DCSIMG

Washington park is in the pink

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A CHILEAN flamingo egg has been successfully laid at WWT Washington Wetland Centre - the first in seven years.

Its arrival marks the culmination of a pioneering two-year conservation breeding project, during which flamingo chicks were hand-reared from eggs brought into the centre and integrated into the existing flock in a bid to encourage natural breeding.

The long-awaited WWT Washington egg, which was spotted on a nest yesterday, has been carefully swapped for a clay dummy as a safety precaution and staff and volunteers now have an anxious wait to see if it is fertile.

This can be determined in about 10 days’ time using a method known as ‘candling’; where a bright torch is shone through the shell to check if there’s an embryo inside.

If there is, then the egg will continue to be incubated and cared for at the centre’s specialist duckery, ensuring it has the best chance of survival.

It will then be returned to the nest shortly before hatching, when the chick begins calling from inside as part of a bonding ritual with its parents, whose job it will then be to raise the chick themselves.

WWT Washington’s centre manager Gill Pipes said: “Conservation is not black and white and whilst an egg isn’t guaranteed to lead to a successful hatch or survival, this is a fantastic and hard-won achievement.

“It has been made possible by the amazing work of our dedicated staff and volunteers, who undertook the huge task of hand-rearing five flamingo chicks in 2013, followed by an incredible 24 last winter.

“Their efforts and the skills that they learned have led directly to our existing Chilean flamingo flock being stimulated into breeding, which is a great example of a WWT conservation breeding programme in action.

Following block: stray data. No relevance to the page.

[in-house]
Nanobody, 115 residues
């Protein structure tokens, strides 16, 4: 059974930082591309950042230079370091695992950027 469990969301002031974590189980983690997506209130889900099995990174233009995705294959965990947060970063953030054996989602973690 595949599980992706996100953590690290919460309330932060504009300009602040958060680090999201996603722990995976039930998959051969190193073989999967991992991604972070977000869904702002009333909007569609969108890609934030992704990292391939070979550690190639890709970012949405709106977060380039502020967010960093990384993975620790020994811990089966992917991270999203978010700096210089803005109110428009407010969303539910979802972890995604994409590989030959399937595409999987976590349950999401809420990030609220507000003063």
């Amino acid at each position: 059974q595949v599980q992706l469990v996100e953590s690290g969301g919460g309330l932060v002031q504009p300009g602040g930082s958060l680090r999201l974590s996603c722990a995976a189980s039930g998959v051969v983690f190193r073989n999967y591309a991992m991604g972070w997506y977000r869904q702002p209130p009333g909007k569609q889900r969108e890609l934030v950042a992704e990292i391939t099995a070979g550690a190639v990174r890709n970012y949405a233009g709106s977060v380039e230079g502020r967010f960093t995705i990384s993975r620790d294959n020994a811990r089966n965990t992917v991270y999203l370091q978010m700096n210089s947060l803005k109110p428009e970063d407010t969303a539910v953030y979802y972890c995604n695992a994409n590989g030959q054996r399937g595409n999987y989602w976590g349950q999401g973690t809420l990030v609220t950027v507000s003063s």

“Such skills and techniques can also pay dividends to wild populations. For example, building artificial nest mounds for wild flamingos has been used with great success at sites in Europe and Africa, where tens of thousands of wild flamingos have hatched directly as a result of this technique, pioneered in captivity.”

The unique hand-rearing project began in September 2012 and the first five Chilean flamingo chicks – Frankie, Nico, Phil, Flo and Fran – were introduced to the adult flock in May 2013.

In September 2013, a team of extra staff and volunteers was trained up to help raise and care for a further 24 chicks. They moved into the adult enclosure this April, bringing the total number of flamingos to 66.

WWT Washington’s captive animal manager Owen Joiner explained: “In the wild, flamingos nest in large groups, with potentially thousands of birds breeding together. These crowded conditions stimulate natural breeding by giving the birds a sense of stability and confidence.

“Our flock failed to produce eggs for the sixth season running last year, despite a noticeable increase in displaying, flirting, mating and nest-building thanks to the introduction of the five hand-reared juveniles that May.

“By adding a further 24 chicks this April, we hoped to finally stimulate the adults into laying eggs, while at the same time increase the flock size and add young birds that would hopefully breed themselves in a few years’ time.

“And with the arrival of yesterday’s egg, it would seem that our efforts have paid off. We’re now waiting with cautious optimism to see if the egg is fertile and if any more will be laid.”

 

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